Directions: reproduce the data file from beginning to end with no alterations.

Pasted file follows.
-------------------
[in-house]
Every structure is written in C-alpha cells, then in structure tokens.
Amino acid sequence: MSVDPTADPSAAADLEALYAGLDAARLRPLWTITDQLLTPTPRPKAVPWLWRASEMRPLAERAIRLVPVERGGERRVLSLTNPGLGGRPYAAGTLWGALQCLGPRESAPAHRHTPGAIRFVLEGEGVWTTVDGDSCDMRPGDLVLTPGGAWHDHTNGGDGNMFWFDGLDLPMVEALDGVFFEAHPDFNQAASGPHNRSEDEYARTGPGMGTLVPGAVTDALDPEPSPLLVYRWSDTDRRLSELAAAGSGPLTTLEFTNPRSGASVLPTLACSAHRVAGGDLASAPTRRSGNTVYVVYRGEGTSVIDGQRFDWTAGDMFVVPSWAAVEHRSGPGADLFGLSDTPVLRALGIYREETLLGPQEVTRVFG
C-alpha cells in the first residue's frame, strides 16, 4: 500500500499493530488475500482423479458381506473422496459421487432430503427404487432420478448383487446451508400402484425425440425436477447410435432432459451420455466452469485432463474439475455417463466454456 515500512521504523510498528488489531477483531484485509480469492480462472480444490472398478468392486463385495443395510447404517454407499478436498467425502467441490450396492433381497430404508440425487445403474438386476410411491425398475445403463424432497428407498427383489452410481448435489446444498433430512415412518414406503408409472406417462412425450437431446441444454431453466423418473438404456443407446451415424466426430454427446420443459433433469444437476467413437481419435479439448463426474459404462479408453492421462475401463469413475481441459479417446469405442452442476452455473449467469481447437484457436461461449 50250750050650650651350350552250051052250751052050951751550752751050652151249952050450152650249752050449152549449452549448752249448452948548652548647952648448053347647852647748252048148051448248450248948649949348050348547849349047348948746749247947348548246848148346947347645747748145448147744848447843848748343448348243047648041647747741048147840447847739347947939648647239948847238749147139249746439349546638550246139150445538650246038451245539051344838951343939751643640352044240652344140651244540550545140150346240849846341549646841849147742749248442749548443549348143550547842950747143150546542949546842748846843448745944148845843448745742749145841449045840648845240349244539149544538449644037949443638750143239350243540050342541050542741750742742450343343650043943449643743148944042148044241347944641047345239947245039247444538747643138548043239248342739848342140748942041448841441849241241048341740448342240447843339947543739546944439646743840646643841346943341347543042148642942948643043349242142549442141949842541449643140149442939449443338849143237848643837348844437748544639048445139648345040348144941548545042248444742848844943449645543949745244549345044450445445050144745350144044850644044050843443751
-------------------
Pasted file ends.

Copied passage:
[in-house]
Every structure is written in C-alpha cells, then in structure tokens.
Amino acid sequence: MSVDPTADPSAAADLEALYAGLDAARLRPLWTITDQLLTPTPRPKAVPWLWRASEMRPLAERAIRLVPVERGGERRVLSLTNPGLGGRPYAAGTLWGALQCLGPRESAPAHRHTPGAIRFVLEGEGVWTTVDGDSCDMRPGDLVLTPGGAWHDHTNGGDGNMFWFDGLDLPMVEALDGVFFEAHPDFNQAASGPHNRSEDEYARTGPGMGTLVPGAVTDALDPEPSPLLVYRWSDTDRRLSELAAAGSGPLTTLEFTNPRSGASVLPTLACSAHRVAGGDLASAPTRRSGNTVYVVYRGEGTSVIDGQRFDWTAGDMFVVPSWAAVEHRSGPGADLFGLSDTPVLRALGIYREETLLGPQEVTRVFG
C-alpha cells in the first residue's frame, strides 16, 4: 500500500499493530488475500482423479458381506473422496459421487432430503427404487432420478448383487446451508400402484425425440425436477447410435432432459451420455466452469485432463474439475455417463466454456 515500512521504523510498528488489531477483531484485509480469492480462472480444490472398478468392486463385495443395510447404517454407499478436498467425502467441490450396492433381497430404508440425487445403474438386476410411491425398475445403463424432497428407498427383489452410481448435489446444498433430512415412518414406503408409472406417462412425450437431446441444454431453466423418473438404456443407446451415424466426430454427446420443459433433469444437476467413437481419435479439448463426474459404462479408453492421462475401463469413475481441459479417446469405442452442476452455473449467469481447437484457436461461449 50250750050650650651350350552250051052250751052050951751550752751050652151249952050450152650249752050449152549449452549448752249448452948548652548647952648448053347647852647748252048148051448248450248948649949348050348547849349047348948746749247947348548246848148346947347645747748145448147744848447843848748343448348243047648041647747741048147840447847739347947939648647239948847238749147139249746439349546638550246139150445538650246038451245539051344838951343939751643640352044240652344140651244540550545140150346240849846341549646841849147742749248442749548443549348143550547842950747143150546542949546842748846843448745944148845843448745742749145841449045840648845240349244539149544538449644037949443638750143239350243540050342541050542741750742742450343343650043943449643743148944042148044241347944641047345239947245039247444538747643138548043239248342739848342140748942041448841441849241241048341740448342240447843339947543739546944439646743840646643841346943341347543042148642942948643043349242142549442141949842541449643140149442939449443338849143237848643837348844437748544639048445139648345040348144941548545042248444742848844943449645543949745244549345044450445445050144745350144044850644044050843443751